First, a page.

Derwent Valley Heritage Way 4 – Baslow to Calton Lees

On Thursday 2 August I finished my 55th year with a good walk – the next bit of the Derwent Valley Heritage Way. I parked at Baslow – SK 257722, crossed the Bar Brook, walked passed the thatched cottages and into the Chatsworth Estate – there is mega kissing gate as you enter to allow wheelchairs in.

A blue plaque to Joseph Paxton, and some lovely views of the house. I shouldn’t admit that we’ve been in Derbyshire now for two years and have still not visited – website.

I passed Queen Mary’s Bower. Tradition has it that this was constructed in the 1570s when Mary Queen of Scots was held here. Then over the bridge in front of the house. Three Arch Bridge, was designed by James Paine, started about 1759 and substantially completed by 1761. Apparently “the bridge was carefully angled so as to be seen from the house and orientated in such a way as to provide that last, striking view to the house from the entrance drive.” It was early evening, about 6 pm, so the final people were leaving – it is good to see there are so many service buses (Sheffield, Bakewell and Matlock).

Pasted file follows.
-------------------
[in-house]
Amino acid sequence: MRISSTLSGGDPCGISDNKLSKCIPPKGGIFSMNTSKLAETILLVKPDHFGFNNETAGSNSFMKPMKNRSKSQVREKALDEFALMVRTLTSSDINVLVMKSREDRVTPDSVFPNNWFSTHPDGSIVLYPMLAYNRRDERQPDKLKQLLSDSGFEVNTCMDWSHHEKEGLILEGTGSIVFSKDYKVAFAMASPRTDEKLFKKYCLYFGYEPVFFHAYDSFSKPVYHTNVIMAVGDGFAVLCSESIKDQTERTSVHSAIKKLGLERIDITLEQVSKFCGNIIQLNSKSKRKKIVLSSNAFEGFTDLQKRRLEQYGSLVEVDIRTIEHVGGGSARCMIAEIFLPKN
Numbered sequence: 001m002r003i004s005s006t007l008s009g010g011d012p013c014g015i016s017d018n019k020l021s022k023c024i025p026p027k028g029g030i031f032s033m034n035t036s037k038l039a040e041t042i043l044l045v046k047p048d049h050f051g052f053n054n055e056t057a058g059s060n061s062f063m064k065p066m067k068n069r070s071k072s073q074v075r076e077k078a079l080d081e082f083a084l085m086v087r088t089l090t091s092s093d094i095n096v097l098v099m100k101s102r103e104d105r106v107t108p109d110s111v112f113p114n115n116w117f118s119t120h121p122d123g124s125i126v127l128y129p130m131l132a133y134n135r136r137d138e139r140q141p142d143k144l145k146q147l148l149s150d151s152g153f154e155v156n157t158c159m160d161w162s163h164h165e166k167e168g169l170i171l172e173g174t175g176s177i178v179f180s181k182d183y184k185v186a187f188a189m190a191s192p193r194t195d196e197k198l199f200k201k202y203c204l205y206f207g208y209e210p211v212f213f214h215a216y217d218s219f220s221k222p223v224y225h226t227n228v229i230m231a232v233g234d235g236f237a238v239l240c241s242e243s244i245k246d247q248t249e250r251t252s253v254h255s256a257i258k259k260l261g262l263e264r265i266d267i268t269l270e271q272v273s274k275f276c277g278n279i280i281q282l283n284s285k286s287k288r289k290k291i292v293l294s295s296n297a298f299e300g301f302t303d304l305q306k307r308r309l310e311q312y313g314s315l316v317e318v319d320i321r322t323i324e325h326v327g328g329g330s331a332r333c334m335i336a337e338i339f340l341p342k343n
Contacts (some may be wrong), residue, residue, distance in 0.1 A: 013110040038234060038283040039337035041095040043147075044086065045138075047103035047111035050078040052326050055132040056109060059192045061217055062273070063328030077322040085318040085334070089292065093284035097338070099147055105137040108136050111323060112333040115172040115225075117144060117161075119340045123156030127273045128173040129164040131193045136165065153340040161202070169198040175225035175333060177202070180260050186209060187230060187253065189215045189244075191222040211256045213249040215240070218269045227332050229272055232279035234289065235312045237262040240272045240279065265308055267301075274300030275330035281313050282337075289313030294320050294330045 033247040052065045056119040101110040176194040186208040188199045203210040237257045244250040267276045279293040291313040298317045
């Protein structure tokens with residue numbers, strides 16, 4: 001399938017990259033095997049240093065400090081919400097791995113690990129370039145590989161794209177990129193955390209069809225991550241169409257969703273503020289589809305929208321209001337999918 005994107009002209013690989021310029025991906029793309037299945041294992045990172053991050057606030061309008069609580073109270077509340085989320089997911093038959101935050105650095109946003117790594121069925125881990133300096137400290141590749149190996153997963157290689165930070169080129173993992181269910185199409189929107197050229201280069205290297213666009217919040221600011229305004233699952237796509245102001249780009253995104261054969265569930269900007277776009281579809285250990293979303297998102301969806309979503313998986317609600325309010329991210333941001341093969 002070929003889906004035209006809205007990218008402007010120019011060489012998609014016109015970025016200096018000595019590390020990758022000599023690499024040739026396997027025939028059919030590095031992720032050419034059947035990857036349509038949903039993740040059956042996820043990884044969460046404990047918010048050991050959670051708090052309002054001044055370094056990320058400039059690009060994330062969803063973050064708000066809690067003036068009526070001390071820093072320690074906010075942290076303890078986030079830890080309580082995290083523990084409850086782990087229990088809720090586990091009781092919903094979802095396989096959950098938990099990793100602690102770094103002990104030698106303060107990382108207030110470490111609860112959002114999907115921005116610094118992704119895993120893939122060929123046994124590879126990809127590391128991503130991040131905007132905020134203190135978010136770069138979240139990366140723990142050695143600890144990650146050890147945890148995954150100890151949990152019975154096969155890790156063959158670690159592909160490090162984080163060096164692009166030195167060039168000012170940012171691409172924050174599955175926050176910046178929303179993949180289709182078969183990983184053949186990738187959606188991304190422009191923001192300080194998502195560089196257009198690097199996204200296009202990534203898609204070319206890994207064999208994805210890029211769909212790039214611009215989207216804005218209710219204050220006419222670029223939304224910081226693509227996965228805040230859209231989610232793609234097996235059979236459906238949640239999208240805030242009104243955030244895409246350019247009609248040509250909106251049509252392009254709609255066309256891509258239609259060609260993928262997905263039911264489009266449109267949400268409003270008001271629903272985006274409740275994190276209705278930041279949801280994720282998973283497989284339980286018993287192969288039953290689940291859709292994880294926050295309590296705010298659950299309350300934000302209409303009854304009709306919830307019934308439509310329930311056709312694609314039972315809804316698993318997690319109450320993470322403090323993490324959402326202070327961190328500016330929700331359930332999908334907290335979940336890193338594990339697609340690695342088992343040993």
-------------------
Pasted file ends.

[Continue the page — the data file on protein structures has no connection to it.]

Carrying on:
Along the river with a view across to the deer, and up to the road and across Calton Lees car park.

My original plan had been to walk to Rowsley and then back, but I had misjudged how long it would take to drive to Baslow in the first place. So I left the DV walk and headed uphill. Views over Calton Leeds, then quite a steep climb up to Calton Leeds.

Then I cut across through New Piece Wood and into the park. The views were lovely, north across the Peak, and down to Chatsworth itself. Deer were closer this time.

The walk was well signed, and I cut down to Edensor. It is an estate village, and the church dates to the 1860s. I will come and visit properly soon.

Across the road and back across the Park to the bridge, the House looking almost golden in the setting son. I took a photo of the bridge this time, then retraced my steps. 7 miles






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